Ex-Starbucks CEO Howard Schultz Says He Won’t Run For President In 2020

Former Starbucks CEO Howard Schultz has announced that he will not seek the presidency after months of consideration.

“My belief in the need to reform our two-party system has not wavered, but I have concluded that an independent campaign for the White House is not how I can best serve our country at this time,” Schultz wrote in a letter posted to his website on Friday. The letter will be sent to thousands of supporters later in the day, Axios reported. 

Schultz, a self-described “lifelong Democrat,” had discussed a potential run as an independent in January, suggesting that he was driven by the “reckless failure” of constitutional responsibility among both Democrats and Republicans.

“The American people are exhausted. Their trust has been broken and they are looking for a better choice,” he said in a CBS interview that month.

In a video later posted to Twitter, Schultz said he would be traveling around the country in the following weeks to speak with members of the public about his political aspirations. 

He ended up cutting his travels short, however, after experiencing acute back pain that led to three back surgeries, he said in an email to his supporters in mid-June. 

“I am feeling much better, and my doctors foresee a full recovery so long as I rest and rehabilitate,” he said at the time. “I have decided to take the summer to do just that.”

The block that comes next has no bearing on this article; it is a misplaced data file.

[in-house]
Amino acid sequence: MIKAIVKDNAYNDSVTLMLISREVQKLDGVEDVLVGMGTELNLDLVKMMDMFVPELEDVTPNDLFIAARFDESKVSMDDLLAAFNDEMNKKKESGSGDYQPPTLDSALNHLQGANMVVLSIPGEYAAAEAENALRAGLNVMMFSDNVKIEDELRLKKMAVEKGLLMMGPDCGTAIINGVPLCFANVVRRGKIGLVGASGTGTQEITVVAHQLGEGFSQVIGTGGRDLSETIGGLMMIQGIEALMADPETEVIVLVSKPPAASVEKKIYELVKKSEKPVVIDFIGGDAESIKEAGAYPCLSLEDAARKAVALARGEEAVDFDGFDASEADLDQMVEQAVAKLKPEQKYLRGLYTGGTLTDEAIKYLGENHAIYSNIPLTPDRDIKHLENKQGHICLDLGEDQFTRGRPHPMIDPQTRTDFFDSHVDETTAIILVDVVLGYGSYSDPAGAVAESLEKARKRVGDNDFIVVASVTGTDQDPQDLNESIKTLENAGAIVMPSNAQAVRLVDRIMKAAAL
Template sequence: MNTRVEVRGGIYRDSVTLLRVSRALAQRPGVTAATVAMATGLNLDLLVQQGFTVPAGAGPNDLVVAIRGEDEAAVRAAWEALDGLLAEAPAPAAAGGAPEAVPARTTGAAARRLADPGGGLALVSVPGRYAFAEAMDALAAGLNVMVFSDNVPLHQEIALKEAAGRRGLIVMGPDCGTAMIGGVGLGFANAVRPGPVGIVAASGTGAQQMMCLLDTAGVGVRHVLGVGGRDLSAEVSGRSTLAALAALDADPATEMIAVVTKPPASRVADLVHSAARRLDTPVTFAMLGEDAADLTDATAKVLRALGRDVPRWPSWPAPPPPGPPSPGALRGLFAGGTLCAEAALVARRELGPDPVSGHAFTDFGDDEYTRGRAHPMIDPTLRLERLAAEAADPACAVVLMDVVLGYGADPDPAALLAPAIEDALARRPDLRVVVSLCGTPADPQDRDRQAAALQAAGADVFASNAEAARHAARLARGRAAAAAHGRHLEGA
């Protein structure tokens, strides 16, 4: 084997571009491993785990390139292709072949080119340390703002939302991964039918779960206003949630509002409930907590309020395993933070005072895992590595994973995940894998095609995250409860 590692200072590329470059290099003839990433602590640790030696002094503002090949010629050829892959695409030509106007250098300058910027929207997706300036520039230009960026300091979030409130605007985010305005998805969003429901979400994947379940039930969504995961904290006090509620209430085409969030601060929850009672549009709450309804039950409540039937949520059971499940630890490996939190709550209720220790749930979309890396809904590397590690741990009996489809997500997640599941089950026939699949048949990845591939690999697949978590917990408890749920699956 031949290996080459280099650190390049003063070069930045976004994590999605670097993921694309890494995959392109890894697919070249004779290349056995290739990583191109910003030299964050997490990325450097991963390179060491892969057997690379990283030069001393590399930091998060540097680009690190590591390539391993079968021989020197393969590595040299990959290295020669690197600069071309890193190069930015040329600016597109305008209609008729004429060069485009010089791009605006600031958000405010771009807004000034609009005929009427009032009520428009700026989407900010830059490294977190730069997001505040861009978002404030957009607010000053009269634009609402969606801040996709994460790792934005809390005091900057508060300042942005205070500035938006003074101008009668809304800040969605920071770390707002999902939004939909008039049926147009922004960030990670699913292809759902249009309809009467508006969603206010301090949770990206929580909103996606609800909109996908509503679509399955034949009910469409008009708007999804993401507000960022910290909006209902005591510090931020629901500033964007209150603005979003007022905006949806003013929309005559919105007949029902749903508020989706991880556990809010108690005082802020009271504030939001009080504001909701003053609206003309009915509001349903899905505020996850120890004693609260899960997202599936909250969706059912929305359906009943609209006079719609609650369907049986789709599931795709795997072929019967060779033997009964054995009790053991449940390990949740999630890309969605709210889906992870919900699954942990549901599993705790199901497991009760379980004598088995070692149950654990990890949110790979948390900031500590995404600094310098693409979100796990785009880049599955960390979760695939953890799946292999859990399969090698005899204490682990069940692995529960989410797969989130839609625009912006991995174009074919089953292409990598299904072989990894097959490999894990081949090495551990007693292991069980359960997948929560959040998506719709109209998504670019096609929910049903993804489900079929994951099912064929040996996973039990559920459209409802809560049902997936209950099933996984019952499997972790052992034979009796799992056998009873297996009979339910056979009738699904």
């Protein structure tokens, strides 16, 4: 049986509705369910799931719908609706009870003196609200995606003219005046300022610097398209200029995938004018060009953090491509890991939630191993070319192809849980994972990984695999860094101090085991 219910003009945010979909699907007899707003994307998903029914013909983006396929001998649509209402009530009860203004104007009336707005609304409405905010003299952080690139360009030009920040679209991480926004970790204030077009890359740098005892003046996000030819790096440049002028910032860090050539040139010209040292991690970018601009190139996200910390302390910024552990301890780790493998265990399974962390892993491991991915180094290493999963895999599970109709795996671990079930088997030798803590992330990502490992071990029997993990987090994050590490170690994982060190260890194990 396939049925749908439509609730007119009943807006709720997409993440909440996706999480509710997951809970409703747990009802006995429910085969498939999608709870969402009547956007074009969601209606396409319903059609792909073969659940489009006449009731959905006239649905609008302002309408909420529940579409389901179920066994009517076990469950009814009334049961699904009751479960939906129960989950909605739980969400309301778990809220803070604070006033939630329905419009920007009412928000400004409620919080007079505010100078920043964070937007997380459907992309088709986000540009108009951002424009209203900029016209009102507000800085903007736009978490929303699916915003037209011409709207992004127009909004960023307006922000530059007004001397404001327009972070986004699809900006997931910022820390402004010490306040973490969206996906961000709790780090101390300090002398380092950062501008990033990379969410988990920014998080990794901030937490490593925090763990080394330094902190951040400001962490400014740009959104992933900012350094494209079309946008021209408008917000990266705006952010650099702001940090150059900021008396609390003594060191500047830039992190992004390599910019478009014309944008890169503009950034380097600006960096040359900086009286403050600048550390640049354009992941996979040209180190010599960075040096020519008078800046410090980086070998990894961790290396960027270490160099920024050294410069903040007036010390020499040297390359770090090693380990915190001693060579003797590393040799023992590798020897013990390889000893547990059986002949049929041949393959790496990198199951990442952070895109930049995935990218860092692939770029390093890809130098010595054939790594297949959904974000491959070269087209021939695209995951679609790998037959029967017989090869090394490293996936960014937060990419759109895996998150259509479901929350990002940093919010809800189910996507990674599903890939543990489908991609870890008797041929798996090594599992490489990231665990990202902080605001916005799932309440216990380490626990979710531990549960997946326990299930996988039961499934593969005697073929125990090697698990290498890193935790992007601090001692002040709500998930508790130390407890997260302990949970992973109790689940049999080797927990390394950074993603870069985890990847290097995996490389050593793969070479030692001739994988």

In his letter Friday, Schultz cited his lengthy recovery from the injury as a reason why he couldn’t engage with people at the level necessary to run for president.

In the end, he didn’t have to go far to get feedback about his political aspirations. The news in January that Schultz was considering a presidential run as an independent ignited a wave of Democratic concern that such a bid could help President Donald Trump get reelected. 

Former New York Mayor Michael Bloomberg, who also considered a 2020 run, quickly spoke out against the idea of a third-party candidate, arguing that person “would just split the anti-Trump vote and end up re-electing the President.”

Democratic presidential candidate Julián Castro, who served as secretary of housing and urban development under President Barack Obama, offered the same warning, telling CNN that an independent run by Schultz “would provide Trump with his best hope for getting reelected.”

Former Obama senior adviser David Axelrod voiced similar concerns on Twitter, calling Schultz’s idea “the only good news” Trump received that week.

Schultz seemed to have considered that criticism in his letter exiting the race, saying not enough people will consider backing an independent candidate out of fear that it will help Trump be reelected. 

Trump appeared to try to goad Schultz into running, tweeting that the businessman “doesn’t have the ‘guts’ to be president.” 

Schultz stepped down as CEO of Starbucks in June 2018 and was immediately asked by reporters about any White House ambitions, which he then declined to rule out.

“I intend to think about a range of options, and that could include public service,” he told The New York Times at the time. “But I’m a long way from making any decisions about the future.”

Schultz said Friday the money he had raised for the campaign will be used to “invest in people, organizations and ideas that promote honesty, civility and results in our politics.”